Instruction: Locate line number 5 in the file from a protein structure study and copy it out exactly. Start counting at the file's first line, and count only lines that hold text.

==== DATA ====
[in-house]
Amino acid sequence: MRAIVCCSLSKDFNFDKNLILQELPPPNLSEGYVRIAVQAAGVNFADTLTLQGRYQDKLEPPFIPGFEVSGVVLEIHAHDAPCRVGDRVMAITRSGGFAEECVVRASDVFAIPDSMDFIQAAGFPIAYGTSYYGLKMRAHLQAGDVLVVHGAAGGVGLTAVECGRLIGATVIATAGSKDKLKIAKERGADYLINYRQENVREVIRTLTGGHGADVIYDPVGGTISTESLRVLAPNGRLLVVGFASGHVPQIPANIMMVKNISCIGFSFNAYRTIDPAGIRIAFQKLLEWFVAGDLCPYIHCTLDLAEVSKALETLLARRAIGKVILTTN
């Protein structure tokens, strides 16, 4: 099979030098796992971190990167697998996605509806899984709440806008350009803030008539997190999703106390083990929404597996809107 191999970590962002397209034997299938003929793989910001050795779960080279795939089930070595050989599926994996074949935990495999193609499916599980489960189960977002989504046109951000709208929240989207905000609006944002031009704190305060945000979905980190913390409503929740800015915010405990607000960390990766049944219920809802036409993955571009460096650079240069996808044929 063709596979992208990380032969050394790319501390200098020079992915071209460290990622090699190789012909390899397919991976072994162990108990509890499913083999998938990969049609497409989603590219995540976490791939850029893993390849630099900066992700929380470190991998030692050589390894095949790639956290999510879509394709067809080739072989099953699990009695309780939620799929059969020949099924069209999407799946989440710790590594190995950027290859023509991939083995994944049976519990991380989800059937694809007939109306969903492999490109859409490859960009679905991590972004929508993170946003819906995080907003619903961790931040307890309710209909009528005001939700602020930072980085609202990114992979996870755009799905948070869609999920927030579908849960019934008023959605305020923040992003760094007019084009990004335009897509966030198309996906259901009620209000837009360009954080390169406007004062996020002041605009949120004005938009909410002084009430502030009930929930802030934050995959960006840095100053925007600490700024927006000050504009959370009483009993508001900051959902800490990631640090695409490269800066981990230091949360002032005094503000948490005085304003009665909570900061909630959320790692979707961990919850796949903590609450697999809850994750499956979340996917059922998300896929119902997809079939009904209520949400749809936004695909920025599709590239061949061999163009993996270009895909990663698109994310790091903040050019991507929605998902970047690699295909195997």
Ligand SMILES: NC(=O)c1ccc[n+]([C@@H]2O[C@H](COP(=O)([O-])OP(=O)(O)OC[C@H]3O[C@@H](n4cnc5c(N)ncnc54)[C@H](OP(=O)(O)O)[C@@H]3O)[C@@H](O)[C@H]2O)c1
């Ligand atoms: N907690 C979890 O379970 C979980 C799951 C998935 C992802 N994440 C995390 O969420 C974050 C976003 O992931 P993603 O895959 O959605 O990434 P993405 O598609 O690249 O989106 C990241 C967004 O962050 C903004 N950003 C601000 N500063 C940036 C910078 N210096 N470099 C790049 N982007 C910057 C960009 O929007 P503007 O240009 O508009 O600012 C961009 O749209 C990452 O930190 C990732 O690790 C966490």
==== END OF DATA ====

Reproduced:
């Ligand atoms: N907690 C979890 O379970 C979980 C799951 C998935 C992802 N994440 C995390 O969420 C974050 C976003 O992931 P993603 O895959 O959605 O990434 P993405 O598609 O690249 O989106 C990241 C967004 O962050 C903004 N950003 C601000 N500063 C940036 C910078 N210096 N470099 C790049 N982007 C910057 C960009 O929007 P503007 O240009 O508009 O600012 C961009 O749209 C990452 O930190 C990732 O690790 C966490």